Pierre Cordier (born 1933) is a Belgian artist. A former lecturer at the École Nationale des Arts Visuels in Brussels, he is known in the art world through his practice of the chemigram technique. He lives and works in Brussels. After exhibiting at MoMA in New York (1967), the Musée d’Art Moderne in Brussels (1988), the Centre Pompidou in Paris (2008), and the Victoria & Albert Museum in London (2010), he is currently having a show of his early photographs of the French poet and singer, Georges Brassens, at the Cité de la Musique in Paris. New York cameraless photographer Douglas Collins recently interviewed Pierre Cordier for photo technique.
D. C. You’re known as the inventor or the father of the chemigram. Could you explain for us what a chemigram is?
P. C. To explain what a chemigram is, the best way is to define it: the chemigram combines the physics of painting (varnish, wax, oil) with the chemistry of photography (photo emulsion, developer, fixer); without a camera, without an enlarger, and in daylight. I’ve refined this definition over a long time, and while it seems complicated, it really isn’t.
Making a chemigram is no more difficult than making an apple turnover.
To decide whether I’m its inventor, you have to recall that in 1839, the Anno Lucis, no fewer than 24 investigators claimed the title of inventor of the photographic process. Years later historians decided it was Nicéphore Niépce who deserved the title. So while it’s true that the German, Edmund Kesting, and the Frenchman, Maurice Tabard, made some images in the 30s and 40s by painting fixer and developer onto photo paper, they didn’t make use of resists. You could say that the inventor is not the first to achieve a result, but the one who develops the technique. The term “inventor” matters little for me—it’s the results obtained that count.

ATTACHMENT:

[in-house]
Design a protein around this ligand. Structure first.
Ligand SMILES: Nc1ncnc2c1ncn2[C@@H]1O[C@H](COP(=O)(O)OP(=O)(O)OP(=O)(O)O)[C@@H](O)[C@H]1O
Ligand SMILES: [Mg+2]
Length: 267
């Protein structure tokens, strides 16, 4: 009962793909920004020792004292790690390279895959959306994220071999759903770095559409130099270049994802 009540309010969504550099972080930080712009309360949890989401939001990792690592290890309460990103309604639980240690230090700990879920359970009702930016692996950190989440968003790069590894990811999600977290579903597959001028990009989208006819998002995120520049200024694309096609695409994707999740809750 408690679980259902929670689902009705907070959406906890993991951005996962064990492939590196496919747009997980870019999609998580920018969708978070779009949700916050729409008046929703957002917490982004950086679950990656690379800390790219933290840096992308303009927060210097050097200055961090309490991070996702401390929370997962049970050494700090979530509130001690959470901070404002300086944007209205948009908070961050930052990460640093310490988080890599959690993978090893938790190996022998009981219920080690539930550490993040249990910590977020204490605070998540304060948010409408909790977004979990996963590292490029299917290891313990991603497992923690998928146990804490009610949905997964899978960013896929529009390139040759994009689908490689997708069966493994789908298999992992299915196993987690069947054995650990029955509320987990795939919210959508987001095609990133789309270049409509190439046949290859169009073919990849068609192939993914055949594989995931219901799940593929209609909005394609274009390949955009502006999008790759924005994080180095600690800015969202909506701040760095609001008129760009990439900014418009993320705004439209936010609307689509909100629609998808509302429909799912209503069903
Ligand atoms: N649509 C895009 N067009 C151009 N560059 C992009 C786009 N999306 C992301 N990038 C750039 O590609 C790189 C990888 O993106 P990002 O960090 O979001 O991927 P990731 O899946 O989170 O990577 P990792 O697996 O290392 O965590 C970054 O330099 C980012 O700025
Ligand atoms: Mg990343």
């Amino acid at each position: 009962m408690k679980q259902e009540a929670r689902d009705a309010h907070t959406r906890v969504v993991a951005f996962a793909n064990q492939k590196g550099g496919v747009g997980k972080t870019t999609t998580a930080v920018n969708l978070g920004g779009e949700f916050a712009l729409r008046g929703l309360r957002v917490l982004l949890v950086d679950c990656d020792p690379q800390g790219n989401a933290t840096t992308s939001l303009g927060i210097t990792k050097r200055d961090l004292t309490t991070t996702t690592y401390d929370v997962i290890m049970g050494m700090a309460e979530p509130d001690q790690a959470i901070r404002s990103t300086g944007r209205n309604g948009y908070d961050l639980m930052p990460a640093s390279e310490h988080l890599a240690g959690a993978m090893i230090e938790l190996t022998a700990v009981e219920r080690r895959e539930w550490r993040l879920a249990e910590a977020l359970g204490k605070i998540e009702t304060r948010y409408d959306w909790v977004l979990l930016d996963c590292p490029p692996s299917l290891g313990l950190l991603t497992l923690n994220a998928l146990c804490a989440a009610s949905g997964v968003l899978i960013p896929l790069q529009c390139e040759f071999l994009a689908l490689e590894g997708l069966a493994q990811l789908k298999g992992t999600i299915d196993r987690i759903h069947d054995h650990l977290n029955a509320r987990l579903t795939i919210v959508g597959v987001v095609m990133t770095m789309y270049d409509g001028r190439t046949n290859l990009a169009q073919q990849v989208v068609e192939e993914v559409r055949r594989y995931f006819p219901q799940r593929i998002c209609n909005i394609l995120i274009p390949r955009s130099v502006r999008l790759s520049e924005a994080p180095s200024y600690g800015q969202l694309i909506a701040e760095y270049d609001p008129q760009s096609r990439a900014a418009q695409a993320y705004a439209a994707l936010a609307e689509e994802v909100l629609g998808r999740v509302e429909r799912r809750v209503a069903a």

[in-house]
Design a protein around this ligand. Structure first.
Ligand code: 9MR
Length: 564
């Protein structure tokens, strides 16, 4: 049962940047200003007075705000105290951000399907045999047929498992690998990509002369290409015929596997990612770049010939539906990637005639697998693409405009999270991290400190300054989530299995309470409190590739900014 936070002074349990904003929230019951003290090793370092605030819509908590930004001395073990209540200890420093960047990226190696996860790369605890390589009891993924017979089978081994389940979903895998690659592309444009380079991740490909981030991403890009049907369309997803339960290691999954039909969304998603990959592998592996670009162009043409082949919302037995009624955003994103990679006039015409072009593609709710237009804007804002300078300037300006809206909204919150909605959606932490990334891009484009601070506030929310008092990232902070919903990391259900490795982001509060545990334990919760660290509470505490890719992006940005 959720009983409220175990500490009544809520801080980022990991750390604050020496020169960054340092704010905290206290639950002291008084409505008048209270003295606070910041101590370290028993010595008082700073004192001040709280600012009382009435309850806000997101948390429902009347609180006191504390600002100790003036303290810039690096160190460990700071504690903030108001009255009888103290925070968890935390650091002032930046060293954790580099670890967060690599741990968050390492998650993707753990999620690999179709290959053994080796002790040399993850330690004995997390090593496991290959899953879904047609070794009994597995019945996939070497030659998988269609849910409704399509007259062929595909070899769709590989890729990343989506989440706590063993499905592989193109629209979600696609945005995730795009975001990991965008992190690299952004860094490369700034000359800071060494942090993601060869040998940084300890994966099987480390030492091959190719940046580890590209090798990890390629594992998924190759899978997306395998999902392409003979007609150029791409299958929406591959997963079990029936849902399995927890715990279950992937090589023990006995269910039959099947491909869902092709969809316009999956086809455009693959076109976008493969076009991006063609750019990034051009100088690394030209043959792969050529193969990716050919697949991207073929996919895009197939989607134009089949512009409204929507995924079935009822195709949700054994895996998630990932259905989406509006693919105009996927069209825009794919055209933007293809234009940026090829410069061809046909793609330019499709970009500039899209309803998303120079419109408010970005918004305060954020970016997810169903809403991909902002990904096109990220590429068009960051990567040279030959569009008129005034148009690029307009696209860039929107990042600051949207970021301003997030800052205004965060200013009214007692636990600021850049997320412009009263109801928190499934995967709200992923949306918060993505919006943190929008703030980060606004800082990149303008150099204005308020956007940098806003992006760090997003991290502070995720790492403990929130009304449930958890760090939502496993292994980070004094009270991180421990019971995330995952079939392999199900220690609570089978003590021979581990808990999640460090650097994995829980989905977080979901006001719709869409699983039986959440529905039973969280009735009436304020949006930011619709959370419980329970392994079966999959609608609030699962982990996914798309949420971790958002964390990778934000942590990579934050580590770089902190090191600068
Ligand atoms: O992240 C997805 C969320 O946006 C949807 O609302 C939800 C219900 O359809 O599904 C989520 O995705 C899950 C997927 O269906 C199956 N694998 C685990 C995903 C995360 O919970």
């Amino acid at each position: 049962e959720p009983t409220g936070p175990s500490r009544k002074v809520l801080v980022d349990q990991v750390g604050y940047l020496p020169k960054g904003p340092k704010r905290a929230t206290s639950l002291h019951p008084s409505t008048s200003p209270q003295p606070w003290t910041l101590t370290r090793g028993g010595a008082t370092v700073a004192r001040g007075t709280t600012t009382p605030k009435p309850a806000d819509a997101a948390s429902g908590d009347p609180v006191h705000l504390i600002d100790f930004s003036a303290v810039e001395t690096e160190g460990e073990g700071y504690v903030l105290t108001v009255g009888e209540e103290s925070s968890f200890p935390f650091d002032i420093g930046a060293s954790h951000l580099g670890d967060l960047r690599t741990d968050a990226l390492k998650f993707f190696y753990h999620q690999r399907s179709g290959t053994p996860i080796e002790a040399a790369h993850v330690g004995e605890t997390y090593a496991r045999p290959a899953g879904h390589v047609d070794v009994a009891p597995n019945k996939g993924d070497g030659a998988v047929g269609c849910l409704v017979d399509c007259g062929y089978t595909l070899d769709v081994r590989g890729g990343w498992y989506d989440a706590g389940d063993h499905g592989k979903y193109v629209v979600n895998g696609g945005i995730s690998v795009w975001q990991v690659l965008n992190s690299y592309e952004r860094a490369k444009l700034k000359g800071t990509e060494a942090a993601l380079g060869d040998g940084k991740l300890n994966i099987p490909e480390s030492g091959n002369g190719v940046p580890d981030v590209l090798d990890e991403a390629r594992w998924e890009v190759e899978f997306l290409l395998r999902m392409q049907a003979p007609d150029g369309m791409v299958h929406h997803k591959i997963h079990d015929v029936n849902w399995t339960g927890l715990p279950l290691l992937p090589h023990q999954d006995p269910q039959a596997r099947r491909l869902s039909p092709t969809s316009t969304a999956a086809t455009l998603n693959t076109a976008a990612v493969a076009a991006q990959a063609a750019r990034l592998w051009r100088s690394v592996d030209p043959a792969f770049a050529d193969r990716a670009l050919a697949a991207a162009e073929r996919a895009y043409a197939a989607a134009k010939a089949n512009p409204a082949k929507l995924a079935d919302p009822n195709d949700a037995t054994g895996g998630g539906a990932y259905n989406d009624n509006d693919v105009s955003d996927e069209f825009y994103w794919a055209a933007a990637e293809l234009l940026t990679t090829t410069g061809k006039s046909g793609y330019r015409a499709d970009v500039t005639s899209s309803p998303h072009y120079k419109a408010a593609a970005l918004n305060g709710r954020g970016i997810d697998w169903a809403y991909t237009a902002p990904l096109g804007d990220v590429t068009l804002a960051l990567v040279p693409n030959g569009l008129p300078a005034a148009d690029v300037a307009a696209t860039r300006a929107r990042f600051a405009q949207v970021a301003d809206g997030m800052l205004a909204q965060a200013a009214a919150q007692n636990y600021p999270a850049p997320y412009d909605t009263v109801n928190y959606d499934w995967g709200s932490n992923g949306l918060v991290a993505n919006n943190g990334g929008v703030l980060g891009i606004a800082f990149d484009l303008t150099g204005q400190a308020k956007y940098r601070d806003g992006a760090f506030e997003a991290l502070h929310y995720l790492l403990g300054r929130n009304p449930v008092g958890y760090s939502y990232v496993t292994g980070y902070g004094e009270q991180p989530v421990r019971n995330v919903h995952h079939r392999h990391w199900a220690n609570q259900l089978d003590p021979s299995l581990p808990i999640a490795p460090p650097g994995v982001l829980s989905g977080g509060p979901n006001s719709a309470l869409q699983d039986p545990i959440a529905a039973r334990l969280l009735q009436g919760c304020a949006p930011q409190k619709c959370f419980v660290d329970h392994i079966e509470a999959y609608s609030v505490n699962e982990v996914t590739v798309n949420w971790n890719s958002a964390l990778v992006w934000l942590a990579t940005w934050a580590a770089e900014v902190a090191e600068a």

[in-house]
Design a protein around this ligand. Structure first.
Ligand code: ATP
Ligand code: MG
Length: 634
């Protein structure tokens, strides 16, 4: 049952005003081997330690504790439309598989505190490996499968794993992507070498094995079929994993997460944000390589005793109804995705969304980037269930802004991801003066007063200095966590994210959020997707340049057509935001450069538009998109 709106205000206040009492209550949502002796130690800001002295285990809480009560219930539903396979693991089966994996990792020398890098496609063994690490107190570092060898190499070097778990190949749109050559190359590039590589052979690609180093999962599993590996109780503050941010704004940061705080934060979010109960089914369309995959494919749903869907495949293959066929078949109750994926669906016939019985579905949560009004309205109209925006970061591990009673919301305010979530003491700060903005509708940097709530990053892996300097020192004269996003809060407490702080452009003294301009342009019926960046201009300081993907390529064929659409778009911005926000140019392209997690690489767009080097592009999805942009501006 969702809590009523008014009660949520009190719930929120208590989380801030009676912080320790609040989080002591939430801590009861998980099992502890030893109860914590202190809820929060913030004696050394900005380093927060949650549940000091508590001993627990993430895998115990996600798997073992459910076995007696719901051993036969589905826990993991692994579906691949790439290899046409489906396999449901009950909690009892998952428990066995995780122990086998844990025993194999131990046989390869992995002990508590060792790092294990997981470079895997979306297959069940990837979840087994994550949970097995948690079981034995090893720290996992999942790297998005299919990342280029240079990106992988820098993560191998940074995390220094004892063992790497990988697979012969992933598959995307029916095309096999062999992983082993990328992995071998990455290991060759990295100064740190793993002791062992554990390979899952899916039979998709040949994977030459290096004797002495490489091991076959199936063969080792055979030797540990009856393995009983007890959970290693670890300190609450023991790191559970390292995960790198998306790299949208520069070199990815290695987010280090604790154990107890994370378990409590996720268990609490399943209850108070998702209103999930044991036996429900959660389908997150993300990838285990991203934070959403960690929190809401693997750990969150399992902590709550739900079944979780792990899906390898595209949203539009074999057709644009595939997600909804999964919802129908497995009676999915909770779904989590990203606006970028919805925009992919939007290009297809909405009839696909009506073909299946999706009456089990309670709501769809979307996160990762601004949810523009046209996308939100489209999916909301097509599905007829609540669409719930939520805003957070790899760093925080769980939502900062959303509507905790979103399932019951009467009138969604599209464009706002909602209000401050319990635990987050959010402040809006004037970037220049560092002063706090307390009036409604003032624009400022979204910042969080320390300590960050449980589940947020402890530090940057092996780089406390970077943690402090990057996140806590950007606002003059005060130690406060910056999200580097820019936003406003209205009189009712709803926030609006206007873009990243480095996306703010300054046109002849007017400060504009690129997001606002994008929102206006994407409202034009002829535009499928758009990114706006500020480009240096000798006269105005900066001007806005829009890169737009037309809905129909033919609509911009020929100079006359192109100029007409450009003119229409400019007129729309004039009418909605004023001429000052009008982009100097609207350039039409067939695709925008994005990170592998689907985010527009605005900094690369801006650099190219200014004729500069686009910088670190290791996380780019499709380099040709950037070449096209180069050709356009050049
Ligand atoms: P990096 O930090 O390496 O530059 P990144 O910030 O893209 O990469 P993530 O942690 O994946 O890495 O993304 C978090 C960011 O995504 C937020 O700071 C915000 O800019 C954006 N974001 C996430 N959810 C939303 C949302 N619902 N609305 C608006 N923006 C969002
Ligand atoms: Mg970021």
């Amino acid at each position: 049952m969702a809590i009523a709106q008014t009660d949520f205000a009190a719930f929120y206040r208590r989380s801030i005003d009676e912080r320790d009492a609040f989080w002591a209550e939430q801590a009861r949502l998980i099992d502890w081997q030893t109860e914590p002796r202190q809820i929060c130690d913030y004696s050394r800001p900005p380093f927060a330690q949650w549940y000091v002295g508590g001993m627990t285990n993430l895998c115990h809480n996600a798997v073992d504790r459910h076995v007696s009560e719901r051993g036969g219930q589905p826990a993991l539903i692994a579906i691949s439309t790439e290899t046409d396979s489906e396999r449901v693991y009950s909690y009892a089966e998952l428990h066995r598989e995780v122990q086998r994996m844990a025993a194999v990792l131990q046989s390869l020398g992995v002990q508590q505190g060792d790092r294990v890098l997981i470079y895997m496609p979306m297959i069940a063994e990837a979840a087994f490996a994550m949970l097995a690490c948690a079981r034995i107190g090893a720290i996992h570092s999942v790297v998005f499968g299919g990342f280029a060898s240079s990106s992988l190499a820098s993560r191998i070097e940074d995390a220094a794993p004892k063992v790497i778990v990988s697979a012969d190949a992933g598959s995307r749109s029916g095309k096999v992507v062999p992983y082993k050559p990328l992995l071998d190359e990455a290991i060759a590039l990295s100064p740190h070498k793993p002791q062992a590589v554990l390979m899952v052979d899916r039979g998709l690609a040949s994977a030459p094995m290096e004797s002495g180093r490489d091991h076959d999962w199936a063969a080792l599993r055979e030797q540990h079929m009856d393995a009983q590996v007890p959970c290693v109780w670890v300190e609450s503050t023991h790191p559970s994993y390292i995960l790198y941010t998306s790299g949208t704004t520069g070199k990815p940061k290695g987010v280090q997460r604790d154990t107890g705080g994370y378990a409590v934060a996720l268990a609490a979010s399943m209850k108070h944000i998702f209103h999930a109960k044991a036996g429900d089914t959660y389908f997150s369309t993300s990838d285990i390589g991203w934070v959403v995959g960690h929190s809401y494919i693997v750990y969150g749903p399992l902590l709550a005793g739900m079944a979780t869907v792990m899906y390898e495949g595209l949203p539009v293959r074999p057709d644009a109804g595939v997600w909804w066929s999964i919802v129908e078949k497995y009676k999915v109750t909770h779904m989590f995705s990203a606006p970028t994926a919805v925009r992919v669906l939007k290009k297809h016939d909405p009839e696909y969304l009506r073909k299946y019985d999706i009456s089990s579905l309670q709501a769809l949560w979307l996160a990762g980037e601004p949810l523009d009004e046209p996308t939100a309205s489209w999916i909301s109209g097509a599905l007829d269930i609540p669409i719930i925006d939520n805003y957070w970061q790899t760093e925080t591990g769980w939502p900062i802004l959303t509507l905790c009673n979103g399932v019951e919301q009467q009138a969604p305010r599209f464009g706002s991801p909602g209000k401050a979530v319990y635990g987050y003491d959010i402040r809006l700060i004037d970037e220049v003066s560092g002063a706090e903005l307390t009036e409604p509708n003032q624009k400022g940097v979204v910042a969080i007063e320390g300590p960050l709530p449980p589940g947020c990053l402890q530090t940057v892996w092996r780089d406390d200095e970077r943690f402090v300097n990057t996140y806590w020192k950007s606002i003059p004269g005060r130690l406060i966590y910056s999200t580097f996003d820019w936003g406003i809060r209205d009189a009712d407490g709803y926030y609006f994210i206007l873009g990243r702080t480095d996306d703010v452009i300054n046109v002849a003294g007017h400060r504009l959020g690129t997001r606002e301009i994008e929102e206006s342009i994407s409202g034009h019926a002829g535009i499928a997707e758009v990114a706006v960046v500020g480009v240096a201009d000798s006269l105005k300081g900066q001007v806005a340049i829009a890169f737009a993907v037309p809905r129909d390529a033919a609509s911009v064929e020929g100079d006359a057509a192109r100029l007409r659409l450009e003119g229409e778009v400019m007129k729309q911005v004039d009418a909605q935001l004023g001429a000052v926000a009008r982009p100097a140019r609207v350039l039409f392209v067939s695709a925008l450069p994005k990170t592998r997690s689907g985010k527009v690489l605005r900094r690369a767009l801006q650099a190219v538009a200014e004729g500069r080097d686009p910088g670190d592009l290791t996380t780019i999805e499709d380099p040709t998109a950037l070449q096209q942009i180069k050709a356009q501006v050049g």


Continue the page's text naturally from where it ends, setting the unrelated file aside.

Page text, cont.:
D. C. Why this word “chemigram?”
P. C. To me it seemed useful to give a name to these images that were so different. In 1958, the year I registered the name “chimigramme” in French (and in 1979, the word “chemigram” in English), the word “chemistry” didn’t have the pejorative connotations it has for some today. Since my procedure featured photographic chemistry, I coined the word “chemigram”. Looking back I might have done better to use the word “physico chemigram,” since the way I work grants great importance to the physical phenomena arising from the resists. But that term is too cumbersome.
I have to insist that we’re talking about chemigram with an “i.” If I weren’t so pugnacious in late 80s, there would be two ways of spelling it today, one with an “i” and one with an “o.” Norman Sarachek, a well known American practitioner, sportingly dropped the “o” in favor of the “i.” But it’s clear that I have never intended to patent the technique itself.